Does sustainability matter to cruise passengers? The answer is yes, no, and maybe

MYLES STEDMAN's recent survey of cruise executives' opinions on their passengers' convictions on sustainability found responses covered all bases.

EVERYONE in the cruise industry can agree sustainability is important – in our sector moreso than most others.

However what exactly “important” means is highly divergent, depending on who you talk to.

What is certainly uncommon is Hurtigruten Chief Executive Officer Hedda Felin’s position.

She is not only supportive of the cruise restrictions set to be introduced in Norway from 2026, she would like to see them go further.

“We want stricter regulations, so we welcome this initiative, but we know that by 2036…technology is not ready for net zero,” she told travelBulletin.

This admission of the current limitations of technology is also an acknowledgement Hurtigruten is at risk of being barred from Norway’s World Heritage Listed fjords once restrictions begin to be introduced.

However Felin believe the line will be fine once the stricter regulations are instituted, saying it will be “prepared” for sterner regulations.

This is in part thanks to its Sea Zero project, and the hybrid retrofitting of its fleet.

“We will be fine…I think we have to be prepared for stricter regulations, and more scrutiny of our business,” she said.

“In the energy sector you have to be at the forefront, you can’t [just] take the regulations…the fleet is good for the next 10-20 years, and after that, [we will] have to discuss with the government…but we will be in dialogue with them.”

The rest of the cruise industry, though – Felin said they are “so far behind”, particularly as passengers begin to take notice of whether or not lines are doing their bit.

“The guests are more aware, more conscious, they also want to travel and have a good feeling about it, knowing they’re leaving something positive to the coming generation…they know exactly what they want.”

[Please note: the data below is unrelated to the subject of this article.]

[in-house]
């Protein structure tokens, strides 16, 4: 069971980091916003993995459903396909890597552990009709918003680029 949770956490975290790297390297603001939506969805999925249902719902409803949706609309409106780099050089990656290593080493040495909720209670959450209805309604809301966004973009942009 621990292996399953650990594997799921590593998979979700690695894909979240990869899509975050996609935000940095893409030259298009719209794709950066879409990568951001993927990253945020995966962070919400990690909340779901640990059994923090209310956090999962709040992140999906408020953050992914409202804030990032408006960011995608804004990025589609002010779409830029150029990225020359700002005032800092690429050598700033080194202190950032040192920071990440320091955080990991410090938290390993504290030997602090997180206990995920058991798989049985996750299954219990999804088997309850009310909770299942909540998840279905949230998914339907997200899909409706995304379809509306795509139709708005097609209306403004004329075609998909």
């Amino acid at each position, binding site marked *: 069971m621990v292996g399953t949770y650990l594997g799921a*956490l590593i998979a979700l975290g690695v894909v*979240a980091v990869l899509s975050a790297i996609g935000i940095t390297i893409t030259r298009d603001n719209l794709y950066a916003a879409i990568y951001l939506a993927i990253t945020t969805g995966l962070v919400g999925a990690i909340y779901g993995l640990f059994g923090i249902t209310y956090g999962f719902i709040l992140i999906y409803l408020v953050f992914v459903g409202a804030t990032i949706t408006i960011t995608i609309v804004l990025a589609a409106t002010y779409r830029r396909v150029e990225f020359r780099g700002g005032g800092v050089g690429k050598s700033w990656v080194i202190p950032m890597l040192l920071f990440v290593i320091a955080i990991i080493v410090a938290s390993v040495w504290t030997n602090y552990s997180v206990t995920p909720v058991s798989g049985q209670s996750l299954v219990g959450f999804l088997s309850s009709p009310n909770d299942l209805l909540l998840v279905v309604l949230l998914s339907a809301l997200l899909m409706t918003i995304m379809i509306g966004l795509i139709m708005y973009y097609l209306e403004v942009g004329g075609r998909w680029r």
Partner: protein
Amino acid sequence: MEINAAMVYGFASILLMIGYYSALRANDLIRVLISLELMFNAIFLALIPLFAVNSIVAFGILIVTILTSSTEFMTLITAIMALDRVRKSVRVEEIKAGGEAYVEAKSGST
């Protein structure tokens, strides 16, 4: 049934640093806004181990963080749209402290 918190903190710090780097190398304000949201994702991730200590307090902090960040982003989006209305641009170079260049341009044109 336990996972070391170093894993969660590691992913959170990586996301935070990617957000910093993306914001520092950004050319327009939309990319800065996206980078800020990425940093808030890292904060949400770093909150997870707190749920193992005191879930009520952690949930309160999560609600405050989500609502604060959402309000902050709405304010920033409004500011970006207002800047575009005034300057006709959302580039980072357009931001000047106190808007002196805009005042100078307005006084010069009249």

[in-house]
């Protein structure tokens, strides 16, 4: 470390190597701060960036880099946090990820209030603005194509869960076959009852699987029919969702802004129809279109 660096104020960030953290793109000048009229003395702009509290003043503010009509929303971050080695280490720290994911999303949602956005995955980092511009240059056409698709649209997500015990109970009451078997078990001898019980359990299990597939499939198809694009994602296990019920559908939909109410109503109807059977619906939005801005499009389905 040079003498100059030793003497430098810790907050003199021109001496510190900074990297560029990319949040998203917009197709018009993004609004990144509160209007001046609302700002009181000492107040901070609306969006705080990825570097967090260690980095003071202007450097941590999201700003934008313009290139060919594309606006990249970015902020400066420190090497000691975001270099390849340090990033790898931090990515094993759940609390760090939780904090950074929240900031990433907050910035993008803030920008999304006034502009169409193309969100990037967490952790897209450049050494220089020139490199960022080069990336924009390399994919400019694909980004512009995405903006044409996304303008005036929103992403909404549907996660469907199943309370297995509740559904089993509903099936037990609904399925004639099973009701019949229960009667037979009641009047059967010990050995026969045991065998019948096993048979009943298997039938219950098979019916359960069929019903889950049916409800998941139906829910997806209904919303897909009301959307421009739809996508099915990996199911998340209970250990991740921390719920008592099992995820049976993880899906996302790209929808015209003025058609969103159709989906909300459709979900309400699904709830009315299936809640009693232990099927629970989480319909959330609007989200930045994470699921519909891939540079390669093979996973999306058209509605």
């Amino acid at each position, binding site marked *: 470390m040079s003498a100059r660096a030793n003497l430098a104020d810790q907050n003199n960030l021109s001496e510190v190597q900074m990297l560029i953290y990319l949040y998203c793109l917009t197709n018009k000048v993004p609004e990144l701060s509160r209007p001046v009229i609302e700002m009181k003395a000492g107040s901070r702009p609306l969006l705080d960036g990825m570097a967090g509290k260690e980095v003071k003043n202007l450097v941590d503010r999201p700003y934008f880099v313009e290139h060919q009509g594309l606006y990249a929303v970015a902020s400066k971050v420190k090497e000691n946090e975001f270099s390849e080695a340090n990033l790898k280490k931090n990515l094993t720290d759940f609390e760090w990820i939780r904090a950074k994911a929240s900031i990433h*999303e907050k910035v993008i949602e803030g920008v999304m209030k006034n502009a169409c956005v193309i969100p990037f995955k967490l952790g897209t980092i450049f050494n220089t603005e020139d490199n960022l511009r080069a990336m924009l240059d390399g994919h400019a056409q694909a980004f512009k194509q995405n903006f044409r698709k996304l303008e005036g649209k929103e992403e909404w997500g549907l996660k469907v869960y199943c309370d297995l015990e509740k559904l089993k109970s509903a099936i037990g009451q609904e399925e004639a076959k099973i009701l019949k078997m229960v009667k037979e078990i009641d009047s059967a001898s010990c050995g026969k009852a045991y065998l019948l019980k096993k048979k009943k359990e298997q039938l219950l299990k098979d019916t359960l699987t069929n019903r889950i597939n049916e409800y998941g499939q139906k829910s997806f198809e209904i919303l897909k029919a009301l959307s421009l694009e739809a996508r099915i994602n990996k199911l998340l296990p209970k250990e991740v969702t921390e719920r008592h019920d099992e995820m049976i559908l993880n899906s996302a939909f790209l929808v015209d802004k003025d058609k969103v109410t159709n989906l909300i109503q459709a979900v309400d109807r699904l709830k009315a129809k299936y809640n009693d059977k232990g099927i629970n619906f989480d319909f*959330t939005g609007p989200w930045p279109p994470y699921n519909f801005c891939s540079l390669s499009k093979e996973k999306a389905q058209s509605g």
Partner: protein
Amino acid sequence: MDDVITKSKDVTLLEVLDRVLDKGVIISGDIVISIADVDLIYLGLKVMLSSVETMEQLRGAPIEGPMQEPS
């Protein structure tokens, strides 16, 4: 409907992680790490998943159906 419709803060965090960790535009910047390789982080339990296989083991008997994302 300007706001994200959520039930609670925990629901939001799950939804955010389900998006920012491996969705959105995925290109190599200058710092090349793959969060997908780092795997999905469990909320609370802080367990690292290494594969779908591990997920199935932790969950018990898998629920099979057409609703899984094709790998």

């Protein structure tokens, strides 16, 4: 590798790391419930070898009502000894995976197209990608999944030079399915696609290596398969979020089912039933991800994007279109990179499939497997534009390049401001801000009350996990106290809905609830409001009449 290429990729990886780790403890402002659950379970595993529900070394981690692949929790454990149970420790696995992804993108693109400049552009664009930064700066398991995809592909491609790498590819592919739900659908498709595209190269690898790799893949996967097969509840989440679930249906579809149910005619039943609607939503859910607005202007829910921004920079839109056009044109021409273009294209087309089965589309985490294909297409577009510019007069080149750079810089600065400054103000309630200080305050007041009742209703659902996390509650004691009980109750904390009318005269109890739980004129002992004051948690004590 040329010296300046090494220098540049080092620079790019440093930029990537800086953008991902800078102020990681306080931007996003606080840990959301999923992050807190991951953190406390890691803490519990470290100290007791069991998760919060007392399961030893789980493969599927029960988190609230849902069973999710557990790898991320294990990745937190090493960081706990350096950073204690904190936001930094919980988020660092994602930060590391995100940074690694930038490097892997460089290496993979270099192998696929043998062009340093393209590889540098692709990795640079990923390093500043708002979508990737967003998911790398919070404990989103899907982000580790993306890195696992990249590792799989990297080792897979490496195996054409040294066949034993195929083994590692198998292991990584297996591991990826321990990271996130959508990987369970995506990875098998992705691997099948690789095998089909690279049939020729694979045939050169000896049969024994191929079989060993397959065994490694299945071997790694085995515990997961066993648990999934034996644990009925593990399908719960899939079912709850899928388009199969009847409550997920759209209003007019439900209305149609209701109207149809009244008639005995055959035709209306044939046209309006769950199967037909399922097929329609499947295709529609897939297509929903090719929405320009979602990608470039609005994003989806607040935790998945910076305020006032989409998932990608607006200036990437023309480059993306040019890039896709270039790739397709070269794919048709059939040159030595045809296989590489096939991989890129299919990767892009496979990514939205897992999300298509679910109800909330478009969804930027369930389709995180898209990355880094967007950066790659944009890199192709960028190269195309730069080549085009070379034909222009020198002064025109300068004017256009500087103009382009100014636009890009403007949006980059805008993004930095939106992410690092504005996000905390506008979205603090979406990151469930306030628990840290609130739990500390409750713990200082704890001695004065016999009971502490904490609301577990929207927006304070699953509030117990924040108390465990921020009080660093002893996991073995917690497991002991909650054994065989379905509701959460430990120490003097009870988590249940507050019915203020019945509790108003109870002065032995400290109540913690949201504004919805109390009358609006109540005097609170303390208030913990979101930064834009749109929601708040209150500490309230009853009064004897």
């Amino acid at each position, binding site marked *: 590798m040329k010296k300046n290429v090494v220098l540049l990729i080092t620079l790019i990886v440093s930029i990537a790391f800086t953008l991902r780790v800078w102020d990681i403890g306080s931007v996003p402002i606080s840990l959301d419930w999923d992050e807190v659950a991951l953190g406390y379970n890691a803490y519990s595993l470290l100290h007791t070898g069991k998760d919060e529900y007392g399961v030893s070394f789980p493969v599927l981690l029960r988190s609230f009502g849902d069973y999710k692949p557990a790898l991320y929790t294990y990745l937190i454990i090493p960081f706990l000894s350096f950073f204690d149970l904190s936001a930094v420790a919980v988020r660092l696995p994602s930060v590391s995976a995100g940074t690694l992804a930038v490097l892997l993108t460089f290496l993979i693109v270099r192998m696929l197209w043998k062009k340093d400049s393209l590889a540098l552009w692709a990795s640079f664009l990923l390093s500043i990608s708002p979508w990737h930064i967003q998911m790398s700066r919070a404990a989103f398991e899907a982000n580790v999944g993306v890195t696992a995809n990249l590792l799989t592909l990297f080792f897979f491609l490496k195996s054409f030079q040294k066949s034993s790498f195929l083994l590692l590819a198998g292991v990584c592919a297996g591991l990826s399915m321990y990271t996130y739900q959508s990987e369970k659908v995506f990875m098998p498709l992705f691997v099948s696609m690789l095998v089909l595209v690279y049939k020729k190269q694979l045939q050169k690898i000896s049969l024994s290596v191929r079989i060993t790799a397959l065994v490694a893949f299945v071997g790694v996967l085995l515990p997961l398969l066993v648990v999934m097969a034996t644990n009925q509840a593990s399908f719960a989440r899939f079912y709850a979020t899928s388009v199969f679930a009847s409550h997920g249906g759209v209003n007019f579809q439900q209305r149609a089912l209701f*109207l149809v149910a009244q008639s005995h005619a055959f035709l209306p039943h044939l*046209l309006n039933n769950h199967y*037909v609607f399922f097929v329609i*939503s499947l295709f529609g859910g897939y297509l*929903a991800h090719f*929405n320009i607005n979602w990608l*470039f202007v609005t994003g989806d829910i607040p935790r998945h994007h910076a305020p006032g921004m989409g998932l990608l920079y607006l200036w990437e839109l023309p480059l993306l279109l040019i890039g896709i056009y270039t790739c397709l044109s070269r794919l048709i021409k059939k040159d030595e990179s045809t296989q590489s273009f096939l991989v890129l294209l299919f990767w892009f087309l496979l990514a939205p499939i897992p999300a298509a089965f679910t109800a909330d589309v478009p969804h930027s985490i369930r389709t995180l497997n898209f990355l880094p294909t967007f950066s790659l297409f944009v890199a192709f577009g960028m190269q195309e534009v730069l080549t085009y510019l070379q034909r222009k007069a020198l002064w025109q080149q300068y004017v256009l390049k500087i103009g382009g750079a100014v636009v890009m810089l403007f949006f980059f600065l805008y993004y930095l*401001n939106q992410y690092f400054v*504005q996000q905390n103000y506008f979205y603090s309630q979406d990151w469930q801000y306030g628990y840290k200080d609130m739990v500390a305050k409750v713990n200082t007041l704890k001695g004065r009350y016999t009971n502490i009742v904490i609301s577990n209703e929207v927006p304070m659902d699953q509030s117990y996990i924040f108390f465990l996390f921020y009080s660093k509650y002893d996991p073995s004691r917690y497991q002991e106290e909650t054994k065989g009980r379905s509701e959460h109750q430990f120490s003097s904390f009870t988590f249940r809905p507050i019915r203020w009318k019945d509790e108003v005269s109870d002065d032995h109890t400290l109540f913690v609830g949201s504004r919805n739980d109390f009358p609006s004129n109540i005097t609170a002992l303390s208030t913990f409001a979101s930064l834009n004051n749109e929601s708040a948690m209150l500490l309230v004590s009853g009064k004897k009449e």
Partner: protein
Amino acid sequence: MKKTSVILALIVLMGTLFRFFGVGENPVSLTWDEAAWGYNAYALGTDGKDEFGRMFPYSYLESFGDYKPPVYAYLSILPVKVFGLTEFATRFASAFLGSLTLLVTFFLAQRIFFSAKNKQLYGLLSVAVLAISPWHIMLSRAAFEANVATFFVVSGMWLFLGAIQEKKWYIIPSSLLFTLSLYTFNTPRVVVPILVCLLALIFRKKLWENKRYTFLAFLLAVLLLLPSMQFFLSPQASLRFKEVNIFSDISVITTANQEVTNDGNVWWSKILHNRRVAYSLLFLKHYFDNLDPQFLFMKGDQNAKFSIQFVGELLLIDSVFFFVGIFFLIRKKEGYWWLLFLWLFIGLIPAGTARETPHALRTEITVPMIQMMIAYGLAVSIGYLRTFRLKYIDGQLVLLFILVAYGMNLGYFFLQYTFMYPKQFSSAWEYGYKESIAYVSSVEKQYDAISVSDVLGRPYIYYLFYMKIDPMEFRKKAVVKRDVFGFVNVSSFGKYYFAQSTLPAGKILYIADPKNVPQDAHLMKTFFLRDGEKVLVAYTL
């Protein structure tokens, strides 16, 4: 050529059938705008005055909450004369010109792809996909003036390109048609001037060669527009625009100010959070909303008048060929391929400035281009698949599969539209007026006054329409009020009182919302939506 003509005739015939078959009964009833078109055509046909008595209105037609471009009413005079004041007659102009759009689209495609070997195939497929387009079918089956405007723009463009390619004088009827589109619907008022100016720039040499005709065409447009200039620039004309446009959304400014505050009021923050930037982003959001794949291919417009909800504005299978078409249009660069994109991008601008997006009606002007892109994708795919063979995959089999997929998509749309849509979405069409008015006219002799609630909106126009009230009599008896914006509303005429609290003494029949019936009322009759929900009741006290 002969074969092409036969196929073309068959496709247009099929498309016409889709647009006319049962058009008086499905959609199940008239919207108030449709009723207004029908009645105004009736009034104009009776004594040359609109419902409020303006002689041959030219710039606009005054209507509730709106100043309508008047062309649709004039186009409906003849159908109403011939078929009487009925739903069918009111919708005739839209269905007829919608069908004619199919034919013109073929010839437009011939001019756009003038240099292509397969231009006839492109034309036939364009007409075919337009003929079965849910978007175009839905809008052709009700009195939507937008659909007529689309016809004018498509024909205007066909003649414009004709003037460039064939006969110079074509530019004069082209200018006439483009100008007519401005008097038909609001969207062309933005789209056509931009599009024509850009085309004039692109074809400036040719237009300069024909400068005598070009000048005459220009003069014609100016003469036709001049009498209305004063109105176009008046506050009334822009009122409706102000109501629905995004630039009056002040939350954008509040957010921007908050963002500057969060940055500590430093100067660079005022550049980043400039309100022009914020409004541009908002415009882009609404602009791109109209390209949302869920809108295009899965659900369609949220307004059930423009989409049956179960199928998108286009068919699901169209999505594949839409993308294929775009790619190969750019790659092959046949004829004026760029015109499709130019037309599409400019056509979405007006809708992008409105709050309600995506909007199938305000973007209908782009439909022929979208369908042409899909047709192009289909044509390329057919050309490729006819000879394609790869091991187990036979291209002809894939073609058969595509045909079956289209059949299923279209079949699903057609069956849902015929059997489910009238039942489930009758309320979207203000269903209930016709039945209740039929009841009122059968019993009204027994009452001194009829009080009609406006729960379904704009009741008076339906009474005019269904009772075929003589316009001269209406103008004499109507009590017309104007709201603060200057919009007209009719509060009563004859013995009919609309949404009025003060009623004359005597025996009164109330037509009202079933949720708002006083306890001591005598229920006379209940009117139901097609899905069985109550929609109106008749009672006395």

Hurtigruten’s Joel Victoria, Hedda Felin, and Damian Perry.

However this view is not shared by all – particularly not  Holland America Line Chief Executive Officer Gus Antorcha.

I asked Antorcha on his recent trip to Sydney whether or not passenger booking trends had begun to reward the cruise lines doing more earnest sustainability work, and I was surprised to hear him answer “no”.

“We haven’t seen that to be perfectly honest,” he told tB.

“I think guests want to go where they want to go, and they want to do it in a place and in a way that they feel safe and taken care of.

“I don’t think they’ll risk, ‘maybe one’s more environmentally conscious than the other, but it doesn’t go where I want to go’…we’re just not seeing it.”

Antorcha said a cruise line is more likely to stand out for a poor sustainability track record than a good one.

“I think that could hurt demand…I think that is certainly a risk,” he reasoned.

I posed a similar question to Silversea Marketing Director Philippa Walker, and rather than “yes” or “no”, her answer was more, “it depends”.

“The majority of guests would be quite considered about the type of ship they’re going to sail into destinations like Antarctica, the Galapagos, where there are some sustainability concerns, be it on shore or on the ship,” she told tB.

“I think they’re the sort of passengers that would be looking at what we’re doing…because we’re making changes now on board the ships, I think our guests are starting to evolve in that way as well.”

The range of opinions expressed throughout the industry emphasises just how different cruisers are from one another – and how different the lines are who serve them.

It also shows how nuanced the cruise industry’s understanding of sustainability has become, as the sector faces external pressure like few others to reduce its carbon footprint.

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